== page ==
Story by Jessica Jones | Graphic by Leslie Hernandez

Valentine’s Day has rolled up just like it does every year. Store shelves are full of pink and red packaging. People are worrying about what to get for their partners and what their partners are going to get them.

The emotions of Valentine’s Day seem very natural to Americans across the country and to the students of Lakota East. In a recent Spark Twitter survey, 79 percent feel that Valentine’s Day has become more commercialized. Plus, Americans are expected to spend the near-record annual spending for Valentine’s Day is $19.6 billion, according to a 2018 National Retail Federation report. However, one East student feels different about this holiday.

East junior Alyson Hamilton doesn’t favor what Valentine’s Day has become. She says she feels like the holiday has become a competition of who can buy their partner the biggest present, rather than actually showing how much they care.

“Listening to someone and showing how much you care is the best way to show affection,” says Hamilton. “[It’s better] than buying a giant teddy bear.”

The roots of the holiday come from the pagan celebration of Lupercalia. According to a 2017 University of Chicago report, this was a Roman fertility festival dedicated to the the Roman god Lupercus where men of the Luperci, an order of Roman priests, would sacrifice a goat in offering to the god.

East Latin I and Advanced Placement Latin teacher Sarah Elmore says that the way the Romans celebrated the holiday “was no different than any other holiday” because the practice of sacrificing animals was very common.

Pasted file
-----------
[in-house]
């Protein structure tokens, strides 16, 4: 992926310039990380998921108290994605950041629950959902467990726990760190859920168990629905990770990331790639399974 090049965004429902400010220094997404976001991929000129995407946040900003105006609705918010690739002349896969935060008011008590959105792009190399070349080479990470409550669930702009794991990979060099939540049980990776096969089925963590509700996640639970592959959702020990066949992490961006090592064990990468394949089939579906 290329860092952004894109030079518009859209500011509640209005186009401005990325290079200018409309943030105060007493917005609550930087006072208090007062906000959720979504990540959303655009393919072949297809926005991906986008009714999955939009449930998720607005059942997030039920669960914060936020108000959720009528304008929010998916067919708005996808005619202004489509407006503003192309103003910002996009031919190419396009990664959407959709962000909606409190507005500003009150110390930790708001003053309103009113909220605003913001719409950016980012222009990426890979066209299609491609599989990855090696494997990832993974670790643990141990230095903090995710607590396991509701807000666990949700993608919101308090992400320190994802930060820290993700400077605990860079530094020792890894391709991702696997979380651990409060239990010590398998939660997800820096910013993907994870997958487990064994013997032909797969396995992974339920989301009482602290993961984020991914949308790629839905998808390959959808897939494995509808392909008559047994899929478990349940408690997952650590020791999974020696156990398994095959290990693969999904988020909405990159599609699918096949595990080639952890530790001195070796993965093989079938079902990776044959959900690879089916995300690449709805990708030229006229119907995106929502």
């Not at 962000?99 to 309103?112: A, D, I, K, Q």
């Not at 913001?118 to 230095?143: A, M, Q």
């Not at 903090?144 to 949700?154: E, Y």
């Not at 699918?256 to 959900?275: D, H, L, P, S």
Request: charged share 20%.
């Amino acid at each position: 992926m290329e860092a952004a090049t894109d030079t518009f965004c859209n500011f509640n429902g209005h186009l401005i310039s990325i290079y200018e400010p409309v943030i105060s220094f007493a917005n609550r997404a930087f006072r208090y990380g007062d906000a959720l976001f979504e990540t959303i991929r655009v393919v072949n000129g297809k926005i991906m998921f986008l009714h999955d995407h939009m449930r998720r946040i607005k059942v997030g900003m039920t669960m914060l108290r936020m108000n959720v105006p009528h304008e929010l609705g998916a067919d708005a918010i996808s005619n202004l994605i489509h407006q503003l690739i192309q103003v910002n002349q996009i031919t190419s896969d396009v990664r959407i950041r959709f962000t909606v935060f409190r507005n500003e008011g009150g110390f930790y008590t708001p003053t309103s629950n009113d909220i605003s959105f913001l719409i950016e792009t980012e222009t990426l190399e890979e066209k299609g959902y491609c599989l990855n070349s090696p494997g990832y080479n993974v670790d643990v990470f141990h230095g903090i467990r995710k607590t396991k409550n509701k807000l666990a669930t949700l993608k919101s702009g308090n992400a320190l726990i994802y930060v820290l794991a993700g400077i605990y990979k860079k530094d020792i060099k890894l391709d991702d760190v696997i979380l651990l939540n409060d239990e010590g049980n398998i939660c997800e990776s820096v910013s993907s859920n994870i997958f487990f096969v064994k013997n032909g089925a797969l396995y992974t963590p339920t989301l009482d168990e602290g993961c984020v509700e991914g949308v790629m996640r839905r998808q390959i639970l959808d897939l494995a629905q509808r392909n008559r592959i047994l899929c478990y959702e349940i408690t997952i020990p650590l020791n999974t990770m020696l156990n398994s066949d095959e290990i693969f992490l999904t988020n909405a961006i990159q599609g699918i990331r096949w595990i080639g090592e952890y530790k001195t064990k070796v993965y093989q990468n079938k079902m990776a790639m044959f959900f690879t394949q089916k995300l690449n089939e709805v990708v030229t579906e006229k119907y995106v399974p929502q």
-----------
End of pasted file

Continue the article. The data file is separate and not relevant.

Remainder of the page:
For the love of the money Valentine's Day Commercialization of Valentine's Day culture Origins of Valentine's Day Hallmark Holiday Lakota East Spark Newsmagazine Online Story by Jessica Jones Graphic by Leslie Hernandez

After sacrificing the goat, the Luperci would take strips of the goat’s hide and dip it in blood. The strips would then be used to gently whip women and crops in hopes of making them more fertile.

East senior and Latin club co-council Elaine Suer says that the whipping was supposed to make the women more fertile and the crops bare more fruit.

She says that “what really struck me about the holiday was the fact that the women voluntarily stepped in front to be whipped so they would be more fertile.”

Lupercalia was celebrated until it was deemed “un-Christian” at the end of the fifth century when Pope Gelasius declared February 14 as St. Valentine’s Day.

Since the proclamation of Valentine’s Day as it is known today, Hamilton feels that the holiday has evolved into a day about buying cards and teddy bears and is therefore a “Hallmark Holiday.”

However, East junior Catie Lincicome feels the opposite of Hamilton on the subject of Valentine’s Day. She feels that the day gives people a chance to appreciate loved ones and that this is not done enough.

“I feel like people get caught up with their lives,” says Lincicome. “But we should have a day where we can sit down and tell someone that we appreciate them.”

Scroll Up